Lunchtime colloquia will meet in 2017-18 on varied weekdays (see below) and different formats from 11:45 am-1:30 pm. We usually meet in MHRA 1607, the Research and Partnerships conference room on the first floor of the Moore Humanities and Research Administration Building’s research wing. Colloquia will be led by colleagues from varied disciplines, but with a shared purpose: to explore life around the Atlantic Rim in ways that will spark new approaches, provide useful responses to work-in-progress, and reflect on the shared project of transatlantic studies.
|Friday, February 21, 2020
|“Interrupted Railway Modernities: Precarious Train Journeys in Fiction and Cinema”||Dr. Johannes Riquet
Associate Professor of English Literature at Tampere University in Finland
|Wednesday, April 29, 2020
|“Pandemic Theatre: Doing Shakespeare During Coronatime—A Zoom Q & A”||Ethan McSweeney
Artistic Director, American Shakespeare Center, Staunton, VA
This colloquium engaged with the cultural history of the railway journey in literature, cinema, and the visual arts as a multisensory and specifically modern experience of multiple accidents, interruptions, and interferences. Starting with a discussion of the poetics of contingency in early railroad fiction, Professor Riquet examined the figure of the train at the intersection of modern physics and modernist aesthetics. Then he turned to narrative, poetic and perceptual interruptions and interferences in railway crime fiction and cinema, as well as in Cold War cinema (including the 1977 James Bond film, The Spy Who Loved Me) and terrorist fiction, ending with a discussion of the changed significance of trains in the postindustrial present. Professor Riquet briefly presented individual case studies as well as an outline of his book-in-progress on this subject. During discussion, participants shared thoughts on the overall book design as well as, more specifically, the relationship between (as well as the entwinement of) British and American perspectives. The Lady Vanishes? Strangers on a Train? Murder on the Orient Express? Snowpiercer?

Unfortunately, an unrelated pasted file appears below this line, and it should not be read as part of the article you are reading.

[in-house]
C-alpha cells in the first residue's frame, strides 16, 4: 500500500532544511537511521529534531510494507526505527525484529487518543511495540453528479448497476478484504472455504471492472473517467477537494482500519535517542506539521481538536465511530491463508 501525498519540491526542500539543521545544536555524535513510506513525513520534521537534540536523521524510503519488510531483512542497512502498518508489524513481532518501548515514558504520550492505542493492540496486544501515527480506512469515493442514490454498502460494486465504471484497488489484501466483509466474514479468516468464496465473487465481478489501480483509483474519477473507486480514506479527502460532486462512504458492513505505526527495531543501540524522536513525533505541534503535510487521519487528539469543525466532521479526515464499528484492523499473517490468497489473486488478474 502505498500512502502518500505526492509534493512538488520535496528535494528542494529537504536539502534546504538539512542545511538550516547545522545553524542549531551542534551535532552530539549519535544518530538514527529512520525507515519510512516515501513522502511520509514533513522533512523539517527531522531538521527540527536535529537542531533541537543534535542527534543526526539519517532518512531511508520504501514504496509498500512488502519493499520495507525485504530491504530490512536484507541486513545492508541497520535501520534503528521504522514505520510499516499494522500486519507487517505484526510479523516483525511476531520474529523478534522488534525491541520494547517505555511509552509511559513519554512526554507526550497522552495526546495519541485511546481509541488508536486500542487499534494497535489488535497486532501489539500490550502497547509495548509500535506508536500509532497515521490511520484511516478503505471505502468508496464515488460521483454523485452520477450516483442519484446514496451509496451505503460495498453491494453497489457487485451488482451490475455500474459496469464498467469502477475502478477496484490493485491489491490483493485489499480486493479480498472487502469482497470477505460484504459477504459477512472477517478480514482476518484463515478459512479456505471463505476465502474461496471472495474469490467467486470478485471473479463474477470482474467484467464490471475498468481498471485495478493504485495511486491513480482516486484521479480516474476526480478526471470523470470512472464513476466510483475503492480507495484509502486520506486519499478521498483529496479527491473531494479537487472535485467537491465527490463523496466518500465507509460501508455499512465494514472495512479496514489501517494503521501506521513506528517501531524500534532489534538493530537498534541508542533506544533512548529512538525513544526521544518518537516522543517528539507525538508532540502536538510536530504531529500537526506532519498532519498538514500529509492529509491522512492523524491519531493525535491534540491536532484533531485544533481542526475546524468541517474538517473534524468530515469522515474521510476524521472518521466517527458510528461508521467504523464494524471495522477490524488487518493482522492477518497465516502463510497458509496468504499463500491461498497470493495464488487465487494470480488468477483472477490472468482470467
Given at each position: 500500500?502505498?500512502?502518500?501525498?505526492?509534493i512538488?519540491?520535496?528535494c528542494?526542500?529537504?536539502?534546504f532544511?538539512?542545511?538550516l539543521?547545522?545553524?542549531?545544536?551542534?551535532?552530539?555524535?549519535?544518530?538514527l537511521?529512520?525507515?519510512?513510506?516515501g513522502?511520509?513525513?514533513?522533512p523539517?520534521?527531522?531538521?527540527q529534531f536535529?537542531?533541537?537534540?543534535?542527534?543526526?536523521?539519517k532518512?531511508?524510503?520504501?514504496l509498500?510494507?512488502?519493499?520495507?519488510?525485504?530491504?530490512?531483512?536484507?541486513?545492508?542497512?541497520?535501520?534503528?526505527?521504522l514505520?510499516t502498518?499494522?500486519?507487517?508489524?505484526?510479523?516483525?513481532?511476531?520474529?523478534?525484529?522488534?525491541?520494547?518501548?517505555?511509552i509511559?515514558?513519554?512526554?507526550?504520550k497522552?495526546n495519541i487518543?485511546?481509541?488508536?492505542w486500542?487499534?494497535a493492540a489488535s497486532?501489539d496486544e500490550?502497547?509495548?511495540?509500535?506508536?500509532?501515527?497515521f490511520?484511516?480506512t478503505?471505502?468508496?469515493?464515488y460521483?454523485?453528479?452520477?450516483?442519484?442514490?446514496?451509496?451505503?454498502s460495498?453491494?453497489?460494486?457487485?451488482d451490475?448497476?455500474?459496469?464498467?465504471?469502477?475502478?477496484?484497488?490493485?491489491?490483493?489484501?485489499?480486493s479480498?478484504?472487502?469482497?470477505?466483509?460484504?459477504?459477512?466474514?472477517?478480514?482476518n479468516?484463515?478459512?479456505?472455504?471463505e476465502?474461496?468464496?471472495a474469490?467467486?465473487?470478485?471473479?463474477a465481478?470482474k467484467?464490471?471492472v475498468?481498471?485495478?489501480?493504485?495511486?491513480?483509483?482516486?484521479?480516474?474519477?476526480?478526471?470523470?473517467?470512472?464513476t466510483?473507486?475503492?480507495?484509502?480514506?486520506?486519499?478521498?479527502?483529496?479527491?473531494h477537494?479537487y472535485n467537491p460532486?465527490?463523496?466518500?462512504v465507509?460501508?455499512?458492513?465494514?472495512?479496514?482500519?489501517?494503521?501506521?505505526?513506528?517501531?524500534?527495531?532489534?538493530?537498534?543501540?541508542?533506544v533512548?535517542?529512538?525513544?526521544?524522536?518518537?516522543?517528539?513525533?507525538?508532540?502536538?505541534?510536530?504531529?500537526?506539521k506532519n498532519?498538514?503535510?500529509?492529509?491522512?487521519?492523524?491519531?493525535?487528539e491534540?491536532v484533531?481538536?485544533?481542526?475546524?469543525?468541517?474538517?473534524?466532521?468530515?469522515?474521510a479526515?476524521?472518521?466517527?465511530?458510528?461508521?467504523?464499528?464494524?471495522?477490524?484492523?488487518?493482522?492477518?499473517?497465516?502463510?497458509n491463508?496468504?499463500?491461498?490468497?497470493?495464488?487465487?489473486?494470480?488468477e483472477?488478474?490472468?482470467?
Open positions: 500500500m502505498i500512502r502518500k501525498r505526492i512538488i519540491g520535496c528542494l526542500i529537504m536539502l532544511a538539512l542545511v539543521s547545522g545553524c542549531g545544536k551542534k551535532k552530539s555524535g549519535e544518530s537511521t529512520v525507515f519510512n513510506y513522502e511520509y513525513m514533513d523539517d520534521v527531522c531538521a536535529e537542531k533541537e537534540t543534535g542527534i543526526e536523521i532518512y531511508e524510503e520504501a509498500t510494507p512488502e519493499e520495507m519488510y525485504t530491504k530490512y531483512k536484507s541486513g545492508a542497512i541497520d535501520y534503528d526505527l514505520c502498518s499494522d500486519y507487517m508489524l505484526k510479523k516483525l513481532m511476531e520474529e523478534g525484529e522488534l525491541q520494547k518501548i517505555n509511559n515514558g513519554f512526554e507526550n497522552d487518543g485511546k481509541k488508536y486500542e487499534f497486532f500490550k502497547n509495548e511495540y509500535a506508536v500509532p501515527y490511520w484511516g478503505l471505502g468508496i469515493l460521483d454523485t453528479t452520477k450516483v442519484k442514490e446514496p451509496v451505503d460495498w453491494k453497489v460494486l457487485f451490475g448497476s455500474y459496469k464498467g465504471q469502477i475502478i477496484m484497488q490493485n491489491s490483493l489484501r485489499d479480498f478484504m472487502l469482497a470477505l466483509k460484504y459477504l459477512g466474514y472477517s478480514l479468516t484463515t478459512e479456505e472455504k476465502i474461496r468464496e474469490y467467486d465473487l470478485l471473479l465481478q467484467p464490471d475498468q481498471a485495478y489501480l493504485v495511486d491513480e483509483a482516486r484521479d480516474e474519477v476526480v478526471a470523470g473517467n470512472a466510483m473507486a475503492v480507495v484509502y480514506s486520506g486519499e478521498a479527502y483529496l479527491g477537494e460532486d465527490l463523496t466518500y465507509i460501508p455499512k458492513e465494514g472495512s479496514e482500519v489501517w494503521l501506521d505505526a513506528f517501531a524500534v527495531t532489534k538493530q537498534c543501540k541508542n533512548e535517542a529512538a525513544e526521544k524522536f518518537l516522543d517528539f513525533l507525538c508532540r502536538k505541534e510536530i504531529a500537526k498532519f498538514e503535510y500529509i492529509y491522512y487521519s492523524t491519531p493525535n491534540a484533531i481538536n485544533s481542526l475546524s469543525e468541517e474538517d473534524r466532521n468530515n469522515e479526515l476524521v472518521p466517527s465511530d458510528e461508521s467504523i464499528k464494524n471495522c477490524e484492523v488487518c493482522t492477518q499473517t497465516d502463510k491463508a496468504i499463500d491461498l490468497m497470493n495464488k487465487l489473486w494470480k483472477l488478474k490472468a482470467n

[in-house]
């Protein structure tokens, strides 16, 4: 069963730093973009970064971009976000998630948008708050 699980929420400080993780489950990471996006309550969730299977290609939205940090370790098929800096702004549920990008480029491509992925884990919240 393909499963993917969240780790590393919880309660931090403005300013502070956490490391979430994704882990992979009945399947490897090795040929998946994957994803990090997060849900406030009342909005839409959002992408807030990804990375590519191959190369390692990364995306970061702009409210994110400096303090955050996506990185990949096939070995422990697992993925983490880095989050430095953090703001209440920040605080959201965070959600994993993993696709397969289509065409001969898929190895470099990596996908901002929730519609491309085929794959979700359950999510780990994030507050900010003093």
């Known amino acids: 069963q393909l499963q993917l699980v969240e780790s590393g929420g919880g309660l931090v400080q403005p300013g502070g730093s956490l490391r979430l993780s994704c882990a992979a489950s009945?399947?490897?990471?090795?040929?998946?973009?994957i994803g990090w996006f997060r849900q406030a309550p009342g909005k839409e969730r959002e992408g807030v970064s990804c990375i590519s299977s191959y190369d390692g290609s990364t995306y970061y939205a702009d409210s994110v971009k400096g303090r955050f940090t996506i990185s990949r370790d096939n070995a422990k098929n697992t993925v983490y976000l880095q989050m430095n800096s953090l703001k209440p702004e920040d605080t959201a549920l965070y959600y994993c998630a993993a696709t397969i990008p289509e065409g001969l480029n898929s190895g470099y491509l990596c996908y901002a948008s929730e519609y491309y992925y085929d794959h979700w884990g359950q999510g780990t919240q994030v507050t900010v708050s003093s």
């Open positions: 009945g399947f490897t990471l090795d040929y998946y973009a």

Ethan McSweeney was named Artistic Director of the American Shakespeare Center in June 2018 and made his Blackfriars Playhouse directing debut with Julius Caesar followed by the world premiere of Julianne Wick Davis’ musical The Willard Suitcases.
His internationally acclaimed work over the past two decades has been distinguished by both its remarkable diversity and breadth of achievement. In New York, his direction includes the Broadway revival of Gore Vidal’s The Best Man (Tony Award nomination, Drama Desk and Outer Critics Circle awards) and the premiere of John Grisham’s A Time to Kill; the off-Broadway premieres of John Logan’s Never the Sinner (Outer Critics and Drama Desk awards) and Ellen McLaughlin’s adaptation of Aeschylus’ The Persians, as well as world premieres by Kate Fodor, Jason Grote, and Thomas Bradshaw, among others.
Nationally, his work on new plays, musicals, and revivals has been seen at most of the major institutional theatres in the country including the Guthrie, the Goodman, the Old Globe, the Denver Center, the Alley, Dallas Theater Center, South Coast Rep, Center Stage, the Wilma, the Pittsburgh Public, Westport Playhouse, the Arena Stage, and the Shakespeare Theater Company in Washington, DC, where his string of acclaimed classics includes: The Tempest, Much Ado about Nothing, The Merchant of Venice, Ion, and Major Barbara.
Internationally, he has spent two seasons at the celebrated Stratford Festival in Canada, staged multiple productions for The Gate in Dublin, and recently toured his production of A Midsummer Night’s Dream to the Macao Arts Festival in China. His productions have been nominated for more than 75 awards and claimed 30 wins, including four for Best Director: Twelfth Night (Helen Hayes Award, 2017), A Streetcar Named Desire (Irish Times Award, 2013), A Body of Water (San Diego Critics Circle, 2006) and Six Degrees of Separation (Star-Tribune Award, 2003).